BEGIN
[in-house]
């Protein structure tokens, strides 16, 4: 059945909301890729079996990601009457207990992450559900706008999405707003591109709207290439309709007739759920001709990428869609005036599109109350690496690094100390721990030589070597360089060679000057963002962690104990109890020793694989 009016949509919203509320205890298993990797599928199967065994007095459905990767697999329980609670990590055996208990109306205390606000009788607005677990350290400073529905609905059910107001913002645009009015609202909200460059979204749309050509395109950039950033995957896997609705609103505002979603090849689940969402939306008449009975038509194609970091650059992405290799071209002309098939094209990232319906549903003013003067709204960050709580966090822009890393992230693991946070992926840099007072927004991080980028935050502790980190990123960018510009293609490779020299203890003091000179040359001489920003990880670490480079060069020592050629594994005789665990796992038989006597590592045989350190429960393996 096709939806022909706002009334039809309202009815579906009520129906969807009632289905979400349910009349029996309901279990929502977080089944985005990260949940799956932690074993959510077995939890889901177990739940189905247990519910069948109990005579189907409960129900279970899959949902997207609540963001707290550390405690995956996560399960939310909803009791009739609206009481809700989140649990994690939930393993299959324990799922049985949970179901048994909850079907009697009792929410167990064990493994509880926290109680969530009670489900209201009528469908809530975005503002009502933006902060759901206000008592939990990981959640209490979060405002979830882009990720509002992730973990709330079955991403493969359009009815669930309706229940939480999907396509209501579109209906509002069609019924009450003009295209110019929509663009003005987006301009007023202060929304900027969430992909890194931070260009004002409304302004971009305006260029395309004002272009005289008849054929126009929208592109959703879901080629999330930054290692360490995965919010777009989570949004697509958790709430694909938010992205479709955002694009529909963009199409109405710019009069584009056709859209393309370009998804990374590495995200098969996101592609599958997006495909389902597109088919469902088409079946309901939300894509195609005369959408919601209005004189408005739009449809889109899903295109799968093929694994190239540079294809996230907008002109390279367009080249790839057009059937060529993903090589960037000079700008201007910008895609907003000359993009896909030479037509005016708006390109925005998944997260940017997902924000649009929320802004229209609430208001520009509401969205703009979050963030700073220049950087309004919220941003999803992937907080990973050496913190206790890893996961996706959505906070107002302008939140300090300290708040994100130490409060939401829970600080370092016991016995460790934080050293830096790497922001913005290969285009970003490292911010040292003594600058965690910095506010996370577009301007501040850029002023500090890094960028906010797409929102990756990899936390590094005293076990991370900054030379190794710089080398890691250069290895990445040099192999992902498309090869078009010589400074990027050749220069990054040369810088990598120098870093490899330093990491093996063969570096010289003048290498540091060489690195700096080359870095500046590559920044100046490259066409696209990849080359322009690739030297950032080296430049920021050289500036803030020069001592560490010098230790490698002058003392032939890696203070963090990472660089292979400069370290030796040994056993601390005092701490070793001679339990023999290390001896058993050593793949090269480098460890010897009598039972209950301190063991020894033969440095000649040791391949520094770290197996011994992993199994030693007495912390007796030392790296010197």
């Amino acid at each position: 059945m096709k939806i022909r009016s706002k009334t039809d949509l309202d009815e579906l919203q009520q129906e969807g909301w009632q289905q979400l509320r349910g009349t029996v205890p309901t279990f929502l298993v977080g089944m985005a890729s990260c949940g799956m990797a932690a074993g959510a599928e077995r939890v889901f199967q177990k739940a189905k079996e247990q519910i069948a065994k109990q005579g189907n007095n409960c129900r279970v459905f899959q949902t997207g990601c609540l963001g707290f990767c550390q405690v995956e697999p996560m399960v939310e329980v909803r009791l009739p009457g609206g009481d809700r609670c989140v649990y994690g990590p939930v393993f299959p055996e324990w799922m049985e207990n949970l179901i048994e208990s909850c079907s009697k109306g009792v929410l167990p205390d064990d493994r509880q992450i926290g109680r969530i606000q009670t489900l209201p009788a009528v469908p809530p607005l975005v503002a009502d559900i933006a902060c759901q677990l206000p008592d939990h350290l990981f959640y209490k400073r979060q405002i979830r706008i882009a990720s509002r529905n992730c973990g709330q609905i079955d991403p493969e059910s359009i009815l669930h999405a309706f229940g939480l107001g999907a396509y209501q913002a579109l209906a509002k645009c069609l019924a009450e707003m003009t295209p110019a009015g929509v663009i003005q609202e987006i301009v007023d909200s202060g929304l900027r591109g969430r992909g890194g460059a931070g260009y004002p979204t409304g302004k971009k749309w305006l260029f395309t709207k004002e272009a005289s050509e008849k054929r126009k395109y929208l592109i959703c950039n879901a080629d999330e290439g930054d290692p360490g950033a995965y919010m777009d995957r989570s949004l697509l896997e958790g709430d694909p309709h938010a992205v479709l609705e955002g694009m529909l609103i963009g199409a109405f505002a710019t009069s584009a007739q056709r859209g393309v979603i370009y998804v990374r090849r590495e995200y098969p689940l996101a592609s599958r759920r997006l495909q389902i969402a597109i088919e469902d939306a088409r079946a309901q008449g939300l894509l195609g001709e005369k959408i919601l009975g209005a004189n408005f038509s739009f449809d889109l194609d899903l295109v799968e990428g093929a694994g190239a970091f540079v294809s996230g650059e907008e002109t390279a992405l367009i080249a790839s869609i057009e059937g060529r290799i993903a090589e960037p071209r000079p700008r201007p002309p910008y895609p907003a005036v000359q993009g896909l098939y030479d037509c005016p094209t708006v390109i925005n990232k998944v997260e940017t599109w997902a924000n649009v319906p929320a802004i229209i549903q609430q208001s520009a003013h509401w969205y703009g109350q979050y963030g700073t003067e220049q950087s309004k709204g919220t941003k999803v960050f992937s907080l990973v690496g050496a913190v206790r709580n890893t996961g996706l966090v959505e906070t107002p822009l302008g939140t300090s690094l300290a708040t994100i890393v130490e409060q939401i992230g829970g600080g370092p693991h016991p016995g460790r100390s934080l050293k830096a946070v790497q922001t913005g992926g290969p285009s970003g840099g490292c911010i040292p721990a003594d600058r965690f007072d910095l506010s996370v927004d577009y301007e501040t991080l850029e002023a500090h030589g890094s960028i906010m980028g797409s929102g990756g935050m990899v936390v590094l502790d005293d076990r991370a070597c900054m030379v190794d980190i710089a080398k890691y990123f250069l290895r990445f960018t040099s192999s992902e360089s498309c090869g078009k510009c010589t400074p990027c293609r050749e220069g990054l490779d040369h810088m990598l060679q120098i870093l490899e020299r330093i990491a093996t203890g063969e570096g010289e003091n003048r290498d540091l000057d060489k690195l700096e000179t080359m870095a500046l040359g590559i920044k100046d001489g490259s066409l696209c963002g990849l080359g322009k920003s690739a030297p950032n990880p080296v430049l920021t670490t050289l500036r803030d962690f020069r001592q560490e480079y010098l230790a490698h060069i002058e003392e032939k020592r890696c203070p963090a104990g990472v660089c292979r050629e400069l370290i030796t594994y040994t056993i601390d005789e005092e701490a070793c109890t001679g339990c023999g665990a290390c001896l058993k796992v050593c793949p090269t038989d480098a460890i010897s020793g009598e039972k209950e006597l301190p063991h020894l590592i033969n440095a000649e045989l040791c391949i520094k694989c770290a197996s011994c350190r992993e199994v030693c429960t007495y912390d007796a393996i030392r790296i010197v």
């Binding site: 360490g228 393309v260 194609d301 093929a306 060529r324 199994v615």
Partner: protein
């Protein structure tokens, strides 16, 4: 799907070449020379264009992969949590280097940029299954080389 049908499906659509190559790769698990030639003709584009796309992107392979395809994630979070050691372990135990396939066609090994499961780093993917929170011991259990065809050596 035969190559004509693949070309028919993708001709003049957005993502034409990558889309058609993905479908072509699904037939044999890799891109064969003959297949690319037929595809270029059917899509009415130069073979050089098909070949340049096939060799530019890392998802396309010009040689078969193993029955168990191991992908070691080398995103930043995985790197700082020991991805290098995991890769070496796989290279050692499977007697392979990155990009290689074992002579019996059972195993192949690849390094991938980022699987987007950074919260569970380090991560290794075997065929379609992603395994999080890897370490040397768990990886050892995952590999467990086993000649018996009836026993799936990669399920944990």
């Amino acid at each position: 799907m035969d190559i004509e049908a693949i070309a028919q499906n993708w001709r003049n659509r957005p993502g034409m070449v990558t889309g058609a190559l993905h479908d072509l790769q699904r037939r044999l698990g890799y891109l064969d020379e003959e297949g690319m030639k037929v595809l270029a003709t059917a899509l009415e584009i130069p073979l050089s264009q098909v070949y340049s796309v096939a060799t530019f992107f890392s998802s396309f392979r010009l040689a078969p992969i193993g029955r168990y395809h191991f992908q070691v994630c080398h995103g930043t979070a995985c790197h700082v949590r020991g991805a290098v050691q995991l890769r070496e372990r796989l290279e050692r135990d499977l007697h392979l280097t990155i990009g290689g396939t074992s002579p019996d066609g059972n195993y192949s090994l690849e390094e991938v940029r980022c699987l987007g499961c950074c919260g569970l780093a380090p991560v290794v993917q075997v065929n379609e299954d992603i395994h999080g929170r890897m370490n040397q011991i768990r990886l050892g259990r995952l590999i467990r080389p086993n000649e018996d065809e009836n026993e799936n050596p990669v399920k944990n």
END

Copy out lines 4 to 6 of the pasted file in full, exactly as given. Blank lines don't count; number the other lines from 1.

């Binding site: 360490g228 393309v260 194609d301 093929a306 060529r324 199994v615």
Partner: protein
């Protein structure tokens, strides 16, 4: 799907070449020379264009992969949590280097940029299954080389 049908499906659509190559790769698990030639003709584009796309992107392979395809994630979070050691372990135990396939066609090994499961780093993917929170011991259990065809050596 035969190559004509693949070309028919993708001709003049957005993502034409990558889309058609993905479908072509699904037939044999890799891109064969003959297949690319037929595809270029059917899509009415130069073979050089098909070949340049096939060799530019890392998802396309010009040689078969193993029955168990191991992908070691080398995103930043995985790197700082020991991805290098995991890769070496796989290279050692499977007697392979990155990009290689074992002579019996059972195993192949690849390094991938980022699987987007950074919260569970380090991560290794075997065929379609992603395994999080890897370490040397768990990886050892995952590999467990086993000649018996009836026993799936990669399920944990």